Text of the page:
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Gabe Newell  (Source:
Steam Box has to beat Apple into the living room

Gabe Newell said that Apple may be the main problem with getting the Steam Box into living rooms.

Newell, Valve's co-founder, told a class at the University of Texas' LBJ School of Public Affairs that Apple could be a threat to his company's upcoming Steam Box if it gets to the living room first.

Steam Box is Valve-developed hardware that aims to broaden the reach of Steam, which is Valve's digital distribution and multiplayer/communications platform. Right now, Steam delivers a variety of games to a user's desktop computer, but Steam Box will bring these games to the living room -- such as on a TV with Big Picture mode.

Not much else has been disclosed about Steam Box, other than the fact that it's Linux-based and will be an open system (Newell even said that it'd be possible to install Windows onto the Steam Box). While no release date is in sight, Newell worries that Apple may launch a similar platform for the living room -- thus beating Valve to the punch.

"The threat right now is that Apple has gained a huge amount of market share, and has a relatively obvious pathway towards entering the living room with their platform," Newell said. "I think that there's a scenario where we see sort of a dumbed down living room platform emerging — I think Apple rolls the console guys really easily. The question is can we make enough progress in the PC space to establish ourselves there, and also figure out better ways of addressing mobile before Apple takes over the living room?"

While Valve is looking to offer the best hardware for the best possible price point, Newell worries that Apple may make a move first and offer a closed platform that will lack the user-generated content that Valve (through Steam Box) would offer.

"The biggest challenge, I don't think is from the consoles," Newell said. "I think the biggest challenge is that Apple moves on the living room before the PC industry sort of gets its act together."

Source: Polygon

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By sparkuss on 1/31/2013 7:49:59 PM , Rating: 2
I thought the STB wars were over and the new paradigm was distribution "services".

Wouldn't adding a Steam "service" to OEMs get larger market?

By MonkeyPaw on 1/31/2013 8:08:52 PM , Rating: 2
I don't think current "Smart TVs" have the processing power to handle Steam's game list. The peculiar thing is, if SteamBox is just generic hardware that can run Windows if you want, why not just partner with OEMs that already make HTPC hardware? Just set up a list of requirements (hardware, software), and should the OEM's product meet those standards, certify it as a "SteamBox," have Steam preinstalled, put a nifty case sticker on it, and perhaps include the rumored Valve controller and some store credit.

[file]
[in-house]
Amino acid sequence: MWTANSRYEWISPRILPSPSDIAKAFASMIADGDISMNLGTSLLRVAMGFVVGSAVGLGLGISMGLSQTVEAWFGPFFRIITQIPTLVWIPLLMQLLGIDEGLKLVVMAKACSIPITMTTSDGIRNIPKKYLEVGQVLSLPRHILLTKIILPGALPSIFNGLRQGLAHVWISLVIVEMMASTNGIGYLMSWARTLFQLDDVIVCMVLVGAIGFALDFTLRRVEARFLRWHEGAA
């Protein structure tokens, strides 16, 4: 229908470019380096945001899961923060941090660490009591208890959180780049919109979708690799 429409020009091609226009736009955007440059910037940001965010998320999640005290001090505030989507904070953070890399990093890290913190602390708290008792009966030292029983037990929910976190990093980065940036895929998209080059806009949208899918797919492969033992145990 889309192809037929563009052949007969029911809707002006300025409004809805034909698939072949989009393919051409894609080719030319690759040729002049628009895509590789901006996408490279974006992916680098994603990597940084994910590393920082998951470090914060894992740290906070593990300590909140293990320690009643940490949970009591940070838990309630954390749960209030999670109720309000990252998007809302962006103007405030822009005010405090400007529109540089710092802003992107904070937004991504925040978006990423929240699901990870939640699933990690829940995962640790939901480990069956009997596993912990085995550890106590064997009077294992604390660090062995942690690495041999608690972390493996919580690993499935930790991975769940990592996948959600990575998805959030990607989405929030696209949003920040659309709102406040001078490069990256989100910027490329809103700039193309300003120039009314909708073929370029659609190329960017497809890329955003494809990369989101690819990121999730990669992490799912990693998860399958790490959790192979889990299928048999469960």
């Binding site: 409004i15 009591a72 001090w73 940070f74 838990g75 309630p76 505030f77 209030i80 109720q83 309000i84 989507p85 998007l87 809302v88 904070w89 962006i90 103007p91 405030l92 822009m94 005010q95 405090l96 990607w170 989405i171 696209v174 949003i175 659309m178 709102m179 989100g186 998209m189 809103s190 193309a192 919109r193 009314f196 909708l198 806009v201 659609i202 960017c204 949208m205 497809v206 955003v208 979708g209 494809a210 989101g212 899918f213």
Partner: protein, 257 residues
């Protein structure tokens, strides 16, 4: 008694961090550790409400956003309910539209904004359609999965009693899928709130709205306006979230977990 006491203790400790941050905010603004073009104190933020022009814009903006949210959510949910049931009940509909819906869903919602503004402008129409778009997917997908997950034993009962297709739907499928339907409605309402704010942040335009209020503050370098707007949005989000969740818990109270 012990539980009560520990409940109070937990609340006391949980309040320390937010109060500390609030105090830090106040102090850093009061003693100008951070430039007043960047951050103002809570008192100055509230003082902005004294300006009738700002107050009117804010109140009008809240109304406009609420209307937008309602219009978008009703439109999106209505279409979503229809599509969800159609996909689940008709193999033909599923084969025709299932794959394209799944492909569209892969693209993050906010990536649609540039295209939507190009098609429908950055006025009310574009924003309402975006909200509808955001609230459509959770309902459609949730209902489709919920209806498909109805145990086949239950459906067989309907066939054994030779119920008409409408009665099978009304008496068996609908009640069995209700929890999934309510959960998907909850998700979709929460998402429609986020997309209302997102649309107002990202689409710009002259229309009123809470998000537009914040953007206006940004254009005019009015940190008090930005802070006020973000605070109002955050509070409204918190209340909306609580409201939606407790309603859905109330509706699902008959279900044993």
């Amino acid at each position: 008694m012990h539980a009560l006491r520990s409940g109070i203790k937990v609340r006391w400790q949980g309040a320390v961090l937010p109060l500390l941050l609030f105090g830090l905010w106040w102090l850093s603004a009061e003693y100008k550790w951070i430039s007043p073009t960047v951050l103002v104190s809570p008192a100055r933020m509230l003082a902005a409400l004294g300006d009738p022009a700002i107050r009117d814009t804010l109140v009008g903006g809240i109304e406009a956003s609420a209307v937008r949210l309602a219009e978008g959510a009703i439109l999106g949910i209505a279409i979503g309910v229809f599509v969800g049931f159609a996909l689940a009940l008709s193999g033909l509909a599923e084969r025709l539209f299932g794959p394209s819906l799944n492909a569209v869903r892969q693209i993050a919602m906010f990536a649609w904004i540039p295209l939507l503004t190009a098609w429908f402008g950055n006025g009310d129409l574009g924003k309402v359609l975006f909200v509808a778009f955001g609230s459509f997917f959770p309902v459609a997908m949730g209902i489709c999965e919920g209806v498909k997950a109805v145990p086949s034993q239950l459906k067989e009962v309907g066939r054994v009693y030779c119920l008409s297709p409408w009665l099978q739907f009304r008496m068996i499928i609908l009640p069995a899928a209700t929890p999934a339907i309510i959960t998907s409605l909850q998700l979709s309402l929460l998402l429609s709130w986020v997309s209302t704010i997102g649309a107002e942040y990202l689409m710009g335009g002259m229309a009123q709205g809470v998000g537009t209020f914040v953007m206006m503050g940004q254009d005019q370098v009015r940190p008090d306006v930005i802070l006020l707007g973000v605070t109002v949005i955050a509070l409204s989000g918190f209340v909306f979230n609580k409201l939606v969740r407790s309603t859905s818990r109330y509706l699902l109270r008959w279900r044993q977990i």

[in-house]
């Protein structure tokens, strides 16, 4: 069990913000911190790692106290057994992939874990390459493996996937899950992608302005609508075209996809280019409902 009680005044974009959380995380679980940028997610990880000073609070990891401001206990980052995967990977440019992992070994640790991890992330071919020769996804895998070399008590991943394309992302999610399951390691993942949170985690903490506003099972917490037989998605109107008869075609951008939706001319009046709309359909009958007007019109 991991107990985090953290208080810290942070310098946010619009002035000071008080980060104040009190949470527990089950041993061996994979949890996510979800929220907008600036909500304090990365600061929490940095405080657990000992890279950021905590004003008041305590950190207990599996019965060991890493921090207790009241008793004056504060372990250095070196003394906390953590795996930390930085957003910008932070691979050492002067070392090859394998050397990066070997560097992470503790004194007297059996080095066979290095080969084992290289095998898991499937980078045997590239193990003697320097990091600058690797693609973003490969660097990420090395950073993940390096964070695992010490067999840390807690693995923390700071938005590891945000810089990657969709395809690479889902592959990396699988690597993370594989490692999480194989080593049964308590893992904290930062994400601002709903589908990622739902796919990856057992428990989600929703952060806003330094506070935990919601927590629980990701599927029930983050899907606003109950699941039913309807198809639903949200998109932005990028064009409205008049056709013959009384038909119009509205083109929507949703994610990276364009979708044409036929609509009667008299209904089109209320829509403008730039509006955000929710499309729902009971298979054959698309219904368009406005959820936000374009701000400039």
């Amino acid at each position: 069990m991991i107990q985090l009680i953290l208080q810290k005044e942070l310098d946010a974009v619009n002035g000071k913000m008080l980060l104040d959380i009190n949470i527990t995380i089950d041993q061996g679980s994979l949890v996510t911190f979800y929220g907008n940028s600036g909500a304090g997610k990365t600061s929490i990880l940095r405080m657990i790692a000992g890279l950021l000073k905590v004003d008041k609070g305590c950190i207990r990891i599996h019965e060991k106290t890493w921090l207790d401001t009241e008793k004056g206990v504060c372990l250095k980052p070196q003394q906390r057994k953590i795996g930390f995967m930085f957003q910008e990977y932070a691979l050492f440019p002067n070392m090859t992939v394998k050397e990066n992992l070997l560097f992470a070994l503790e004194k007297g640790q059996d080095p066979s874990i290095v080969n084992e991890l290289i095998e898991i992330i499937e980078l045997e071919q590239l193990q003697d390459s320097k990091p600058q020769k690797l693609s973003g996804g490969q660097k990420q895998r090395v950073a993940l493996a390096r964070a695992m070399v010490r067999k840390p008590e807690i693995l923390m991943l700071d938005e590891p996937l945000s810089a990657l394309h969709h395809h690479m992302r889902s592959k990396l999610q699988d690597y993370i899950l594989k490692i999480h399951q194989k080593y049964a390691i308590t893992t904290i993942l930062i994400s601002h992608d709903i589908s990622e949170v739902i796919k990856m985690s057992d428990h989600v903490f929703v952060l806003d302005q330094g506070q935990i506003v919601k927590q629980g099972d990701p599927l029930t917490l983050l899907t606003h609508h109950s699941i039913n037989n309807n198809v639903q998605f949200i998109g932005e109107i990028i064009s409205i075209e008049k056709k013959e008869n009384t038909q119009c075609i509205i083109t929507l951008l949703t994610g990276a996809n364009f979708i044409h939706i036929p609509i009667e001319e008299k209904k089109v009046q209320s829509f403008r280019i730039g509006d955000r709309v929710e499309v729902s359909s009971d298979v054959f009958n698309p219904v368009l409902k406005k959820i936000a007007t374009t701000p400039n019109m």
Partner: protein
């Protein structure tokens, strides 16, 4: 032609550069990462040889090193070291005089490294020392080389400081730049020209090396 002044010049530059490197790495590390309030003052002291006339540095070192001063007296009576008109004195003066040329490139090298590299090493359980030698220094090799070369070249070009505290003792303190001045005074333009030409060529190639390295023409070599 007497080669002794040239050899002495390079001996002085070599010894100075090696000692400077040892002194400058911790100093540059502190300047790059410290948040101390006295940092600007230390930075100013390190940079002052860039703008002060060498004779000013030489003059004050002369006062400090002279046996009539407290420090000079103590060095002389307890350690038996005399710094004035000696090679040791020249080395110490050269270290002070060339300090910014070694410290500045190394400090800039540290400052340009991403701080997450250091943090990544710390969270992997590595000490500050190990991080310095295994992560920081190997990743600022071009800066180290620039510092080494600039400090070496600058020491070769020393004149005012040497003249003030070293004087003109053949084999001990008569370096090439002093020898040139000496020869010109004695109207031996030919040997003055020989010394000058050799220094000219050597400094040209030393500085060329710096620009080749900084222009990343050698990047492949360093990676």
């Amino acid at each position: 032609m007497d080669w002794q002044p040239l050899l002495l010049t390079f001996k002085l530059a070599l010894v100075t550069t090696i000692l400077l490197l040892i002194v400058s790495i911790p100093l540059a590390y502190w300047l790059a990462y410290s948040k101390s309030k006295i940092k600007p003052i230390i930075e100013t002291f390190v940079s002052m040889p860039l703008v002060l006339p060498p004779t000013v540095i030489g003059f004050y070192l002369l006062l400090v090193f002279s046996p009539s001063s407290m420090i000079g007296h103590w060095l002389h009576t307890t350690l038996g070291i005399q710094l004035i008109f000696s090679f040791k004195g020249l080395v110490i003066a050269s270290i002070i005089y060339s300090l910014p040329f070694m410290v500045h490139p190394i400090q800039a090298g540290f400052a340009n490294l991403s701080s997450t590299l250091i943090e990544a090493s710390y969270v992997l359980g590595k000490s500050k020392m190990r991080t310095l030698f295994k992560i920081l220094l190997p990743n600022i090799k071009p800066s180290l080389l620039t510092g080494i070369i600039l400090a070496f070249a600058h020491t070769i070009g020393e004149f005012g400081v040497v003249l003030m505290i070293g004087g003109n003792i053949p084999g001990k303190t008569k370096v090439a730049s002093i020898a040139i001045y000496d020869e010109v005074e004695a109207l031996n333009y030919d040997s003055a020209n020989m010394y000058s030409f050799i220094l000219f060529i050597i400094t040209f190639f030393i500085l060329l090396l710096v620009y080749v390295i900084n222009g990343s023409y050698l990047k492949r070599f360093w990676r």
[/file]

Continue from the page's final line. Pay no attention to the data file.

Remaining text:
If Steam in the living room is what really matters, then opening the market up to the OEMs can only help. Maybe such a combo would help sell PCs, since Windows 8 really isn't moving the needle much.

By SlyNine on 2/1/2013 5:21:38 PM , Rating: 1
Your statements are confusing and they make me, angry?

By TakinYourPoints on 1/31/2013 11:31:57 PM , Rating: 2
Valve has already been doing that but I sense that they're frustrated with OEMs, which is why they're also pursuing their own hardware solution. Most make bad decisions so I don't blame this frustration. Here's a quote from an intervier earlier this month:

it’s been surprisingly difficult when we say to people "don’t put an optical media drive in there" and they put an optical media drive in there and you’re like "that makes it hotter, that makes it more expensive, and it makes the box bigger."


[Valve's position is]: let's build a thing that’s quiet and focuses on high performance and appropriate form factors.

I understand why Valve is interested in making their own Steambox. I think that a completely integrated one with very good performance will be good, given the improvement in IGPs. Its the same reason why ultrabooks will become more viable as gaming machines.

By Lord 666 on 2/2/2013 9:44:13 PM , Rating: 2
To me, what what make even more sense is to use a hypervisor such VMWare and provide the ability to do both simultaneously.

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